5 Films with Breakdowns – or: If Roadside Mechanics were Directors

Posted on 05. Jan, 2012 by in Auto News

There’s no greater plot device than the broken-down motor – you know a thriller’s going somewhere when the lead character’s car shudders to a halt. The hero or heroine’s stuck in the middle of a dark, gloomy wood or a lonely desert: vulnerable, forced to rely on their own initiative and the hostile locals to fix them up and get them on their way. It’s open season for spooky shots and shocking twists.

A whole world of trouble could be saved by these ill-fated travellers if they’d only thought ahead and got roadside assistance – signing up doesn’t take long and would mean they’re out of danger’s way before the maniac, the mafia or the monstrous annelid has a chance to do them in. Below are five films in which comprehensive breakdown service would’ve ruined the plot but saved some fictional lives:

1.      Wolf Creek 

A group of young hikers are stranded when their car breaks down in the arid outback. A seemingly kindly mechanic comes along and pledges to fix their car and send them on their way – but should they trust him with their motor?

Of course not – it’s a horror film. He’s a mass-murderer and things do not go well for the unfortunate band of friends, so what follows a fairly tough, gory watch. Moreover, it’s open ended, with the final scene showing the murderous Aussie wandering back into the desert. Let’s hope in the sequel the next band of backpackers prepare with breakdown cover – it’d save the audience having to sit through another load of nastiness.

2.      The Italian Job

Throughout this film minis are used and abused, pushed into feats and through gaps never meant for man or motor. But it’s in the final moments of the film that a man from Green Flag would be the biggest help – as the lads’ getaway van dangles half on, half off a cliff and the end music kicks in, what’re the chances that Charlie Croker’s ‘great idea’ is calling a roadside mechanic?

3.      Tremors

In this epic thriller-comedy, giant alien worms with huge teeth start taking chunks out of the population of a small town desert community. Kevin Bacon is Valentine, a smart talkin’ local boy who, with the help of a beautiful scientist and his ol’ buddy Earl, must figure out a way to kill the beasts and protect his home.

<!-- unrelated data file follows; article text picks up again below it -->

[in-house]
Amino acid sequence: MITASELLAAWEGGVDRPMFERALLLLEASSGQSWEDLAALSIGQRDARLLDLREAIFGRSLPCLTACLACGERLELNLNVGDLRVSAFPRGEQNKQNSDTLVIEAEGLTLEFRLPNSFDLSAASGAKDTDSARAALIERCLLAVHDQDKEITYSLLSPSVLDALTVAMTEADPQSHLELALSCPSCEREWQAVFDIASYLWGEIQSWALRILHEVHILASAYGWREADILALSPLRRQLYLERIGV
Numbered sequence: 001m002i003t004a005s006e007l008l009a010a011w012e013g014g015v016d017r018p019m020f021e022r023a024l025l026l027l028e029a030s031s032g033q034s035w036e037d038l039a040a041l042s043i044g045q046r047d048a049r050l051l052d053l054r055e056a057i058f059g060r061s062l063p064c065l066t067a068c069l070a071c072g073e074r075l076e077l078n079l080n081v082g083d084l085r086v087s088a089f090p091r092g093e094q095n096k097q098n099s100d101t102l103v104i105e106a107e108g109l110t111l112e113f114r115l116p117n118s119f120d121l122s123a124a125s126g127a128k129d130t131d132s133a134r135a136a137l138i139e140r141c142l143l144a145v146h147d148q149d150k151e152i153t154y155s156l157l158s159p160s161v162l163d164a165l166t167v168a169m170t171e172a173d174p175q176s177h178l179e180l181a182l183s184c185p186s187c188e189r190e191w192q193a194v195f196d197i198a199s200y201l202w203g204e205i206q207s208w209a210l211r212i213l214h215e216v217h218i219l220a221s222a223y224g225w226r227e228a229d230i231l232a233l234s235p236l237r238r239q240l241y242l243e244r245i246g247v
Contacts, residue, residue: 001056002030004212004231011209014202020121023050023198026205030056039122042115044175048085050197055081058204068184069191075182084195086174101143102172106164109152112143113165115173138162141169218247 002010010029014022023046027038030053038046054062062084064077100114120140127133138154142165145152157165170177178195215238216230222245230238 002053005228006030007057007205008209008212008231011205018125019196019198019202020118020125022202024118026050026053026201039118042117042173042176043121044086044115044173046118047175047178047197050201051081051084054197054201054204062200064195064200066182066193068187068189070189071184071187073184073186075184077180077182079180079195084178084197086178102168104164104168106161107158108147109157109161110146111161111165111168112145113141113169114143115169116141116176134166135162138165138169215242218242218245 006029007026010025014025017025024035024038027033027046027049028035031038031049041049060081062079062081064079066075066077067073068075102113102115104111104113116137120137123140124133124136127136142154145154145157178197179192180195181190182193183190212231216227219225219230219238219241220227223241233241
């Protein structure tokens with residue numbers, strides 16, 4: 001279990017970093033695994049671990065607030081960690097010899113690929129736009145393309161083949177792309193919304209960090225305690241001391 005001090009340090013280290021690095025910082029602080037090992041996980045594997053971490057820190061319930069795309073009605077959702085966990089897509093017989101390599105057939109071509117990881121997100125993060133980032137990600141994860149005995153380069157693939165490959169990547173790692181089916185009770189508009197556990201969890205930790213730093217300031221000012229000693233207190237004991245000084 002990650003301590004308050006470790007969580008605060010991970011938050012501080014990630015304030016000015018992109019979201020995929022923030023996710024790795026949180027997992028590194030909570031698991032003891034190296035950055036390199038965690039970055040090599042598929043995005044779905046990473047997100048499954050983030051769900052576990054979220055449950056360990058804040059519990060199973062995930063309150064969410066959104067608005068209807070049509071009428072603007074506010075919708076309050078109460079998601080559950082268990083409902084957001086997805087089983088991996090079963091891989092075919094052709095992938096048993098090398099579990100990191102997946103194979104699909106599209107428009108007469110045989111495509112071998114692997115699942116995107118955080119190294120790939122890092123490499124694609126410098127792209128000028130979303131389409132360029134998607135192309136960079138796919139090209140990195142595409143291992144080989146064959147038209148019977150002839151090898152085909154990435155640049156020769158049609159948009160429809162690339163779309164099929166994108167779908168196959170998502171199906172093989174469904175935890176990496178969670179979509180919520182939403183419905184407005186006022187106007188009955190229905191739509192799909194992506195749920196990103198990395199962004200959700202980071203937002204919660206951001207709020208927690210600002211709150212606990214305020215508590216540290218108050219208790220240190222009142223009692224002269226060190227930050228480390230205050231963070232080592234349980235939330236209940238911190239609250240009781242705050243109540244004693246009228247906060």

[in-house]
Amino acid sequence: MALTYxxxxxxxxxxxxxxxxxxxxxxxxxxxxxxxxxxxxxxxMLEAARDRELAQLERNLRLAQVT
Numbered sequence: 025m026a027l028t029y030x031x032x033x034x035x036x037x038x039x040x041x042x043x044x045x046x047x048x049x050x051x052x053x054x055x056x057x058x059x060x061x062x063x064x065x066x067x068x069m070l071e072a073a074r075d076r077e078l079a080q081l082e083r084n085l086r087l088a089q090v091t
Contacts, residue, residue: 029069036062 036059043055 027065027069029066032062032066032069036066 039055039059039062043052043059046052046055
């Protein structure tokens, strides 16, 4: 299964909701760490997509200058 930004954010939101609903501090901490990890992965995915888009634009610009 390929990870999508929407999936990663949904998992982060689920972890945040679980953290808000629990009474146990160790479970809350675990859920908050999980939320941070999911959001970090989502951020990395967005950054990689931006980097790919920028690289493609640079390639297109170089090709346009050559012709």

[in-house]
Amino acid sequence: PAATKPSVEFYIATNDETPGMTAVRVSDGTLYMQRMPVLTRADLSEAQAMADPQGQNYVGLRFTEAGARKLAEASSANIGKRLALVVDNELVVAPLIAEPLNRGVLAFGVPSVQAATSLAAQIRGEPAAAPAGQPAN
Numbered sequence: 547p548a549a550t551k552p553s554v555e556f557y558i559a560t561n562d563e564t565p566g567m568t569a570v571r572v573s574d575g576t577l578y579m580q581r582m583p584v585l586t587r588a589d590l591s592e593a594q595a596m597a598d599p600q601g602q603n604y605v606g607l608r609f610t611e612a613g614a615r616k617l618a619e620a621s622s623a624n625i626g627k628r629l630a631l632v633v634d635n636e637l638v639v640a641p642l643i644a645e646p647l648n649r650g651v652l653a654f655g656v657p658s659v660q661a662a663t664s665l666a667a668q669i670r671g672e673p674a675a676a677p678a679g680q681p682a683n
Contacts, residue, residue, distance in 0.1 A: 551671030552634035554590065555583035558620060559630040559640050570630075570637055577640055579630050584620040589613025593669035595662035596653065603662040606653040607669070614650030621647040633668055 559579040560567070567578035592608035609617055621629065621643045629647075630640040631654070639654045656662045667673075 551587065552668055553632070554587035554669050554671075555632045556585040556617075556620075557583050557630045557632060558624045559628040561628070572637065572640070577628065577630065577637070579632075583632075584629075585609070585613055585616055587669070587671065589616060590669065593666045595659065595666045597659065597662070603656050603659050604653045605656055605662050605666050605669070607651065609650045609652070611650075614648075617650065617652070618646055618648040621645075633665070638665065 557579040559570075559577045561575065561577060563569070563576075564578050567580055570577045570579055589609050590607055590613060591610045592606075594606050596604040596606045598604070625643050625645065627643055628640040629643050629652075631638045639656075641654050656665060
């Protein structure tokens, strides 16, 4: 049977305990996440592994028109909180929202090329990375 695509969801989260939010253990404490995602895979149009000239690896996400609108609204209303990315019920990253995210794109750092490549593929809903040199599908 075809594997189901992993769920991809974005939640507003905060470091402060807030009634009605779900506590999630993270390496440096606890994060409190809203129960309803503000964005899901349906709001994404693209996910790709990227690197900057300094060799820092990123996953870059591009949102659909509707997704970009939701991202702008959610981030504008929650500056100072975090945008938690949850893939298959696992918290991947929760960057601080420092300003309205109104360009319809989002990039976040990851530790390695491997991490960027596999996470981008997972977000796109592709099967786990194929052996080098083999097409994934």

The worms aren’t bright but they can detect the vibrations of a motor – in one exciting scene, Valentine finds a grotesque ‘graboid’ wrapped around the rear axel of his truck. While breakdown cover might not help with the whole carnivorous underground monster problem, in this situation it would merit a quick tow to the nearest garage.

4.      Duel

This made-for-TV movie was Steven Spielberg’s directorial debut. Businessman David Mann is commuting across the desert when he overtakes a large, smoky truck that immediately takes exception to his little red sports car. What follows is ‘High noon on the road’ – although we never see the sinister truck’s driver, we quickly figure out he’s psychotic when he tailgates Mann on the winding cliff lane to try and get him to crash.

If only Mann had listened to the mechanic that told him of his faulty radiator – and if only he’d had someone to call to help him out…

5.      Rocky Horror Picture Show

Newly-engaged Brad and Janet set out on a journey on a waterlogged, windswept night and break down in the middle of nowhere. Seeking help, they end up at the mansion of Dr. Frank-N-Furter – played by a terrifying, be-corseted Tim Curry. Far from offering them the assistance they need, the crazy transvestite Doc leads them in a song and dance of hypnotism, seduction and explosions.

To be fair to Brad and Jan, they never actually get access to a phone to call a garage – but if they’d only taken a route planner and been less susceptible to Frank-N-Furter’s charms, they’d no doubt have fixed their car without getting caught up in his inter-galactic life of excess.